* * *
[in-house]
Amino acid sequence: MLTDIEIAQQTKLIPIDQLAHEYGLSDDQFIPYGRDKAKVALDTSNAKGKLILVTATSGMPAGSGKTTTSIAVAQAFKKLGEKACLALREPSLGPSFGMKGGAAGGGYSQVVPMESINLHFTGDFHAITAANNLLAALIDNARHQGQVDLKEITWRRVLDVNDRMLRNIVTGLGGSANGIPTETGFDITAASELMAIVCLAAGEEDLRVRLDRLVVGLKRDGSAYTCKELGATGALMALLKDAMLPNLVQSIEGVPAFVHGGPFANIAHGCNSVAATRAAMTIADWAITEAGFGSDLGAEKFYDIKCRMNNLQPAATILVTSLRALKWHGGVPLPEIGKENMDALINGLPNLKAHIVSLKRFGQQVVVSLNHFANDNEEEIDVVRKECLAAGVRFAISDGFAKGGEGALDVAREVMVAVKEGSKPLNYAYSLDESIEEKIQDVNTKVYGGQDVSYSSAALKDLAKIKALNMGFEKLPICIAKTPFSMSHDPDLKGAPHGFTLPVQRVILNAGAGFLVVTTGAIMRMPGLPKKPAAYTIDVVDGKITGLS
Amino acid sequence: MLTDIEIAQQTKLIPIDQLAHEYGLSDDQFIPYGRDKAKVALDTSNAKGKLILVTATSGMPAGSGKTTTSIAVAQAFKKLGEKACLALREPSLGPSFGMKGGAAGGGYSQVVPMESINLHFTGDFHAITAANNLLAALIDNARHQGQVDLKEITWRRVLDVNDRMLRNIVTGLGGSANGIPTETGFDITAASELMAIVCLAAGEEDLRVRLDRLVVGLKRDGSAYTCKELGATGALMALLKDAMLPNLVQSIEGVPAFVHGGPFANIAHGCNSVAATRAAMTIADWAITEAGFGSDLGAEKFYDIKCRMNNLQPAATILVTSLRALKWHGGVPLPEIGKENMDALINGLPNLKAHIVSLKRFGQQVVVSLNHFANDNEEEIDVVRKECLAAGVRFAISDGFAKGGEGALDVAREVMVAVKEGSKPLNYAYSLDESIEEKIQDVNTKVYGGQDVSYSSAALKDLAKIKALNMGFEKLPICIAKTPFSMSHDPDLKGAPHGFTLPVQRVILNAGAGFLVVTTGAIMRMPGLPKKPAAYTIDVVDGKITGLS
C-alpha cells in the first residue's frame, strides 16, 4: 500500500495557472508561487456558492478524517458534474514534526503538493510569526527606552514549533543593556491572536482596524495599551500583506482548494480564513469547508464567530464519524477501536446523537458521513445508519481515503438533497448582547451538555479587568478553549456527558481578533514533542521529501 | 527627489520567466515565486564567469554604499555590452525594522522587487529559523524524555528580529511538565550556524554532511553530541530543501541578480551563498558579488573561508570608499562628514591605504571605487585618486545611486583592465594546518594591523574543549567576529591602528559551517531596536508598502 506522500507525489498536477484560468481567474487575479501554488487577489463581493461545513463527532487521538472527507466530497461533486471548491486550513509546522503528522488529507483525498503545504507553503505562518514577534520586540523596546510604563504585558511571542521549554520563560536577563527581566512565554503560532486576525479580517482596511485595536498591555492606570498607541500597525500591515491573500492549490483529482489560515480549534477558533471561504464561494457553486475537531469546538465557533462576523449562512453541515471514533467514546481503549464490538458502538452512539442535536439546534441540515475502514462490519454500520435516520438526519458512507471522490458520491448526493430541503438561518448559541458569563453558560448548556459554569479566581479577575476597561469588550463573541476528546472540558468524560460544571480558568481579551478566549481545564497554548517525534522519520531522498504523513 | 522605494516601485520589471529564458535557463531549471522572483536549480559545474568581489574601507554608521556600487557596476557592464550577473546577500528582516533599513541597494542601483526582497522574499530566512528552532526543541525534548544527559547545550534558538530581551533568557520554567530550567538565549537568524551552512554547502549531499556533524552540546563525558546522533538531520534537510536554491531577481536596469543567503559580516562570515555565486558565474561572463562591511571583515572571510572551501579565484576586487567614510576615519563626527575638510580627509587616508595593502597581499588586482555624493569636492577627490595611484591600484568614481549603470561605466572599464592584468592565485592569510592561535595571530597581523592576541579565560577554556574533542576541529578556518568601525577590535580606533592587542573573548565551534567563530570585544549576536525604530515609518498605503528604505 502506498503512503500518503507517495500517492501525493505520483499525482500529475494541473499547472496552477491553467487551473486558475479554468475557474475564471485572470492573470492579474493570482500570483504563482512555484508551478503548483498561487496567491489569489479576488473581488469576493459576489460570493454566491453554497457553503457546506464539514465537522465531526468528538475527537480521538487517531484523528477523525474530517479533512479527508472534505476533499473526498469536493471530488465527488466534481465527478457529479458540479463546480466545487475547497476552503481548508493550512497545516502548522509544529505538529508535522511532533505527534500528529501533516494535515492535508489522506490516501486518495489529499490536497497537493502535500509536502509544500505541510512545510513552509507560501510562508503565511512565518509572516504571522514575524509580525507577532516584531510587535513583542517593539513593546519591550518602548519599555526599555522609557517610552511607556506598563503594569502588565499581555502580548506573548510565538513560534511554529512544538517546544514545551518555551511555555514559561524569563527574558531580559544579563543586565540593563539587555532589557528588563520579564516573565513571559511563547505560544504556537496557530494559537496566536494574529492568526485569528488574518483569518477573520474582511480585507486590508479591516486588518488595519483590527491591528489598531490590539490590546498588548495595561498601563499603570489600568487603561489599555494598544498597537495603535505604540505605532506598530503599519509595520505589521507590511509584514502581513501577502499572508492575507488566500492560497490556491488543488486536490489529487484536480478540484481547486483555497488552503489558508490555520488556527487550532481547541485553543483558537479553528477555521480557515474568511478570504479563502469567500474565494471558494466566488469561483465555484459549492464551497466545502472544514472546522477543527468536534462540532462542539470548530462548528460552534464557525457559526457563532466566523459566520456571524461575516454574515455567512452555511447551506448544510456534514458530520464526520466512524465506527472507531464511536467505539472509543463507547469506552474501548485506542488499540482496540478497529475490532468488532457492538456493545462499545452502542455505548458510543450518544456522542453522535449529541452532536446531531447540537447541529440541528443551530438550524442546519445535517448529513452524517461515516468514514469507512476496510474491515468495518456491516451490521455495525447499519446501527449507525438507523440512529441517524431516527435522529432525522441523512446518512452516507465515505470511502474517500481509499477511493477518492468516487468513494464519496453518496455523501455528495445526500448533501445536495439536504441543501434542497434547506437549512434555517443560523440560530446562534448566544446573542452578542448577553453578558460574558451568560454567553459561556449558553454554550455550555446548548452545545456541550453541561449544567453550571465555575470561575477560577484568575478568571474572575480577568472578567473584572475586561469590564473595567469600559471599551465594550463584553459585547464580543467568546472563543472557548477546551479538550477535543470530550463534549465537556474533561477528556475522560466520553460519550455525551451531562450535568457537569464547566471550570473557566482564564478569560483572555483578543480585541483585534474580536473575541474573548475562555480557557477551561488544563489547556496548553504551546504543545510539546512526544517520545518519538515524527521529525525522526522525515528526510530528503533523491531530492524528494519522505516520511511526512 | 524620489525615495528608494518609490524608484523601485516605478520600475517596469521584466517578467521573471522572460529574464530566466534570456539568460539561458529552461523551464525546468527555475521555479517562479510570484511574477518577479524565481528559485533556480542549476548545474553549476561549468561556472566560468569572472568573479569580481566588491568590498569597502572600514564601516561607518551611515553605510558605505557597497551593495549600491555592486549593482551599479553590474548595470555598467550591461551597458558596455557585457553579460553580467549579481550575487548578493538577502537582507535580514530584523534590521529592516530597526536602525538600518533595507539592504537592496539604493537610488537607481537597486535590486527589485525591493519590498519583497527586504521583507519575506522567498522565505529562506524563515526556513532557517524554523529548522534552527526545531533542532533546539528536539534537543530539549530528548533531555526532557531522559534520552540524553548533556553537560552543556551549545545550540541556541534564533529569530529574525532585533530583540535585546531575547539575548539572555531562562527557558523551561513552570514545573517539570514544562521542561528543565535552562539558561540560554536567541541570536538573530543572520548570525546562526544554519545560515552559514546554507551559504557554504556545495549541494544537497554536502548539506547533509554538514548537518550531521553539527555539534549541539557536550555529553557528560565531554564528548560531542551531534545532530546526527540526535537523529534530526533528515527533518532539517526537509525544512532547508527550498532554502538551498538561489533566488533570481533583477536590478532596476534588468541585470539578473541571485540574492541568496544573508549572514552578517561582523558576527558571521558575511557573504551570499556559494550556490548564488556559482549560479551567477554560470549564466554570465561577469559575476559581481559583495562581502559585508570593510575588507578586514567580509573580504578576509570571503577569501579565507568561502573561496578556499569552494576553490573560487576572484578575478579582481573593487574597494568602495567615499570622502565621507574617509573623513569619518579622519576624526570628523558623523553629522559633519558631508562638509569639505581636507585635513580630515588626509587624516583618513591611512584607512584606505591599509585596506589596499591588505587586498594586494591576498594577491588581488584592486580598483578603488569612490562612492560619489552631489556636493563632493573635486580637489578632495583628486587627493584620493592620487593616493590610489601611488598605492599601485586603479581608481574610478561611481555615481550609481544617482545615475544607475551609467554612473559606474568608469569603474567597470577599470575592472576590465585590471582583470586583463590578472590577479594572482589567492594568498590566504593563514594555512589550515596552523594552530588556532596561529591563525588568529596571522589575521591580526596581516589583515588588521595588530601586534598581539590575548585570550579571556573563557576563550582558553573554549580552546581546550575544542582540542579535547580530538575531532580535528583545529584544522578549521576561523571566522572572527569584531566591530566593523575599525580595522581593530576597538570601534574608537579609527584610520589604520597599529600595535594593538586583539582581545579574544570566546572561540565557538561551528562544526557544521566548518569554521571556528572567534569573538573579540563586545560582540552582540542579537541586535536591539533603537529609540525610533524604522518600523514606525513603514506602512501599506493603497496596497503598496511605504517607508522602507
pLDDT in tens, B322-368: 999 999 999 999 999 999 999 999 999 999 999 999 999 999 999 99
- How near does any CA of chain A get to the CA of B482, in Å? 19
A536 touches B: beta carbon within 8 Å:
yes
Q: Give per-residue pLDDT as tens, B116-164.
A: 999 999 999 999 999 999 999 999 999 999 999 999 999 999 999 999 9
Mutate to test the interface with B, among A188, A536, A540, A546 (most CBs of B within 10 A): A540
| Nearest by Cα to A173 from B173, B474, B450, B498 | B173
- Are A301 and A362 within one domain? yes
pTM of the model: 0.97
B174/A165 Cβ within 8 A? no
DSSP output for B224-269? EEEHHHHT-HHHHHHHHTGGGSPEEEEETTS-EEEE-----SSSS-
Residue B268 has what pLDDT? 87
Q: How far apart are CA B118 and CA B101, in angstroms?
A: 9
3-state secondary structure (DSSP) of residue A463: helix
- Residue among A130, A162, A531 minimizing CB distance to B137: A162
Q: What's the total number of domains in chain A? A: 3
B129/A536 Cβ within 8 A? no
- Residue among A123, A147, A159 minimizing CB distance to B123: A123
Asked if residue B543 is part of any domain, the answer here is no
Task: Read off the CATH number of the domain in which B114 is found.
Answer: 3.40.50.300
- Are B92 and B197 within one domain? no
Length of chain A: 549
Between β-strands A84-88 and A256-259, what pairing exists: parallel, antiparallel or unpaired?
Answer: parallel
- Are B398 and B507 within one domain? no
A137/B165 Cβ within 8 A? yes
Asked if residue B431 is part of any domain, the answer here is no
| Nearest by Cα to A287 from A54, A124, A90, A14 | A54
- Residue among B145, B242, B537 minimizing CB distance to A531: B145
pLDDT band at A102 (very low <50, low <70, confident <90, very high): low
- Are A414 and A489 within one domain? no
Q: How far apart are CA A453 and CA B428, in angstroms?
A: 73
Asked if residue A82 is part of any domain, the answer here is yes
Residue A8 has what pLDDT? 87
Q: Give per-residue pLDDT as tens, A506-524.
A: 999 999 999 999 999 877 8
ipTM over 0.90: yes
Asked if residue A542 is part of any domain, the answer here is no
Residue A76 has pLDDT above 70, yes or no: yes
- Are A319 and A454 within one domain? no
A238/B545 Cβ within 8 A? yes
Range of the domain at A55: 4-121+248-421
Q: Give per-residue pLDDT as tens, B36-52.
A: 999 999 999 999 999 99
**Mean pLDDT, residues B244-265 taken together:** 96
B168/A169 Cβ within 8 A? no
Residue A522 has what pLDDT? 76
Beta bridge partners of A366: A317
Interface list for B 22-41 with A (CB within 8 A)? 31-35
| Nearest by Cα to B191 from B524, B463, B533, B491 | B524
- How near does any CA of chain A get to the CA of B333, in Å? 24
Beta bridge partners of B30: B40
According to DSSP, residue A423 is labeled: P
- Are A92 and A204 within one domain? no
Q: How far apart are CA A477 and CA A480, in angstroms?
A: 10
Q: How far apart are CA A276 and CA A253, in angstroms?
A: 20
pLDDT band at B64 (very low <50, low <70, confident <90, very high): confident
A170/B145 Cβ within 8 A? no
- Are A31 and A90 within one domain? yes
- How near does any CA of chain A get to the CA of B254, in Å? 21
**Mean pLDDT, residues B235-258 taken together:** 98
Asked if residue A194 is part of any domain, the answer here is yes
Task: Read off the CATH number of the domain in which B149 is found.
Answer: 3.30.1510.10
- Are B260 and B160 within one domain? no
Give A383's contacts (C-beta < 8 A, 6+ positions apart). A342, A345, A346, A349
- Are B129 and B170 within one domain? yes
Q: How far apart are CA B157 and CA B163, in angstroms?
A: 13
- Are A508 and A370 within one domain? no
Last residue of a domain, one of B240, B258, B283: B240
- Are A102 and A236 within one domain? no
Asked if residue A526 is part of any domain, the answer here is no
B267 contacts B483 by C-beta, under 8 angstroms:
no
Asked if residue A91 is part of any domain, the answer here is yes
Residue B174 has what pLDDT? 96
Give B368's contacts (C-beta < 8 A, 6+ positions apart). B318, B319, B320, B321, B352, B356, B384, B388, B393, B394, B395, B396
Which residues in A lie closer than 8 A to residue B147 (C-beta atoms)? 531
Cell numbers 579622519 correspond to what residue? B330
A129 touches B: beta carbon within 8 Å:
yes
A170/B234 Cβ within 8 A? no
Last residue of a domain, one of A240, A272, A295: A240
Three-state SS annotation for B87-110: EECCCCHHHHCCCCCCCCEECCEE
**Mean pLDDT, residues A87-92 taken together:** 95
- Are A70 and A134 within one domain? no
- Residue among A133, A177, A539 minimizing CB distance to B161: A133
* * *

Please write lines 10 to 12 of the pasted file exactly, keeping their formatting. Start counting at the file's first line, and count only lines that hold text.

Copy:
A: 999 999 999 999 999 999 999 999 999 999 999 999 999 999 999 999 9
Mutate to test the interface with B, among A188, A536, A540, A546 (most CBs of B within 10 A): A540
| Nearest by Cα to A173 from B173, B474, B450, B498 | B173